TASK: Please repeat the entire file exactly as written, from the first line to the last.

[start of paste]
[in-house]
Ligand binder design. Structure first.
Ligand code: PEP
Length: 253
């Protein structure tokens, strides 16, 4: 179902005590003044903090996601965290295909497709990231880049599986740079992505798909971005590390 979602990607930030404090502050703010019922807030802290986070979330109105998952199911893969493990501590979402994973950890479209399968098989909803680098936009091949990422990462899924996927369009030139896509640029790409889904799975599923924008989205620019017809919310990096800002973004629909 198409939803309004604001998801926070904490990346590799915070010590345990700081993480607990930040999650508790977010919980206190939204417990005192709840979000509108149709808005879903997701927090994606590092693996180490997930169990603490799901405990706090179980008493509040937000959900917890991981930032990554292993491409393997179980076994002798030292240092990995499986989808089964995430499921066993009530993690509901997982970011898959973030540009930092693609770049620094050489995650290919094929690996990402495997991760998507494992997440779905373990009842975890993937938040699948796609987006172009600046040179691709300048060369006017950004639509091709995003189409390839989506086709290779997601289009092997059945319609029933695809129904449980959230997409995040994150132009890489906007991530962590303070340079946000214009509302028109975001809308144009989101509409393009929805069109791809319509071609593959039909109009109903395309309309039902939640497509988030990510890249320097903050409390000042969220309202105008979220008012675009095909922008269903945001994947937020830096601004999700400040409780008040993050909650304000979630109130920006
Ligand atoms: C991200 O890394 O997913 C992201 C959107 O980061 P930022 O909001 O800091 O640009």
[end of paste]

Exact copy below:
[in-house]
Ligand binder design. Structure first.
Ligand code: PEP
Length: 253
């Protein structure tokens, strides 16, 4: 179902005590003044903090996601965290295909497709990231880049599986740079992505798909971005590390 979602990607930030404090502050703010019922807030802290986070979330109105998952199911893969493990501590979402994973950890479209399968098989909803680098936009091949990422990462899924996927369009030139896509640029790409889904799975599923924008989205620019017809919310990096800002973004629909 198409939803309004604001998801926070904490990346590799915070010590345990700081993480607990930040999650508790977010919980206190939204417990005192709840979000509108149709808005879903997701927090994606590092693996180490997930169990603490799901405990706090179980008493509040937000959900917890991981930032990554292993491409393997179980076994002798030292240092990995499986989808089964995430499921066993009530993690509901997982970011898959973030540009930092693609770049620094050489995650290919094929690996990402495997991760998507494992997440779905373990009842975890993937938040699948796609987006172009600046040179691709300048060369006017950004639509091709995003189409390839989506086709290779997601289009092997059945319609029933695809129904449980959230997409995040994150132009890489906007991530962590303070340079946000214009509302028109975001809308144009989101509409393009929805069109791809319509071609593959039909109009109903395309309309039902939640497509988030990510890249320097903050409390000042969220309202105008979220008012675009095909922008269903945001994947937020830096601004999700400040409780008040993050909650304000979630109130920006
Ligand atoms: C991200 O890394 O997913 C992201 C959107 O980061 P930022 O909001 O800091 O640009």